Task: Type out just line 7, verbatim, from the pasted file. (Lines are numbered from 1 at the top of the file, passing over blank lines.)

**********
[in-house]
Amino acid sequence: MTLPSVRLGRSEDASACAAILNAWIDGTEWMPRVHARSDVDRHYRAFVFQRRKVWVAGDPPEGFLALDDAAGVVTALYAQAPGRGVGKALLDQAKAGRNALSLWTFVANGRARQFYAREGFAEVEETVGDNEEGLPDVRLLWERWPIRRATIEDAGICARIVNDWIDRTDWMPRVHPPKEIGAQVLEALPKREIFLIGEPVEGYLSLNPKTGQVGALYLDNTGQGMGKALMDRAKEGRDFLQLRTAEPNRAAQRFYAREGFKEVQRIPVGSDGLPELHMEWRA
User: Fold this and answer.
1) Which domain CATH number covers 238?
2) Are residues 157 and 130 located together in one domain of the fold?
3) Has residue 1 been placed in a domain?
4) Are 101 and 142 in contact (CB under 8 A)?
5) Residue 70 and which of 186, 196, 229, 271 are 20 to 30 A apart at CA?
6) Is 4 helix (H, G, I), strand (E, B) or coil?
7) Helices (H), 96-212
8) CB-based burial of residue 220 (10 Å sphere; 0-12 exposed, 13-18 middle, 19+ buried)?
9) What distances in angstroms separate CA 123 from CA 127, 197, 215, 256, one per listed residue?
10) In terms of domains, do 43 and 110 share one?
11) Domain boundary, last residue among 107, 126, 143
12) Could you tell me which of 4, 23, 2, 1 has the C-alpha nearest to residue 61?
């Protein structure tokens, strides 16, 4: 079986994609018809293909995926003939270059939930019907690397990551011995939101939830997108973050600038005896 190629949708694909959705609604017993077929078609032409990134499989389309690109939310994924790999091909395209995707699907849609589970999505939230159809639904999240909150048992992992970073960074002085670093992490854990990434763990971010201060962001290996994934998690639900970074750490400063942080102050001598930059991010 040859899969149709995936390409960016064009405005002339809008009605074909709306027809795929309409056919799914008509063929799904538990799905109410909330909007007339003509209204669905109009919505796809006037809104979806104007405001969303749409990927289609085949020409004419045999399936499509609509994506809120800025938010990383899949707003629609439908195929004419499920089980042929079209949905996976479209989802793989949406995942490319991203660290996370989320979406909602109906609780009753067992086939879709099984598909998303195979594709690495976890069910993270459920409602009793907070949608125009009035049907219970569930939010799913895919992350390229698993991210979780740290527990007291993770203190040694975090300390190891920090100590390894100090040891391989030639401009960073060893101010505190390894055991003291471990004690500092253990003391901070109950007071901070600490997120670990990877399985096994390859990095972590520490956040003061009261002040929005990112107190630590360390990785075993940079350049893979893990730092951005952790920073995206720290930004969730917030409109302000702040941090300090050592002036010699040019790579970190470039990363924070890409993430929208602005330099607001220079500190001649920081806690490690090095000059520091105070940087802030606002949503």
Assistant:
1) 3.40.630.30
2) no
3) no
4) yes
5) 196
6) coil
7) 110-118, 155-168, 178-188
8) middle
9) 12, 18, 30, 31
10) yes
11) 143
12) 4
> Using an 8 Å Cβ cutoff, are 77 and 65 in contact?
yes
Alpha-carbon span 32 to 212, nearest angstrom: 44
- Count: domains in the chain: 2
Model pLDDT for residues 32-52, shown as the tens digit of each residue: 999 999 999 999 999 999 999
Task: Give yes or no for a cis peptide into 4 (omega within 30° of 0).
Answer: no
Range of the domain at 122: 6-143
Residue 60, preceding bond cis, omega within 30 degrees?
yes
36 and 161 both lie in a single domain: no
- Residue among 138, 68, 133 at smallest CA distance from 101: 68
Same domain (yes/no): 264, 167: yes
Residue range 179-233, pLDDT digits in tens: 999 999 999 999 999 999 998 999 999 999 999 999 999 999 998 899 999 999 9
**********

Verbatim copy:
4) Are 101 and 142 in contact (CB under 8 A)?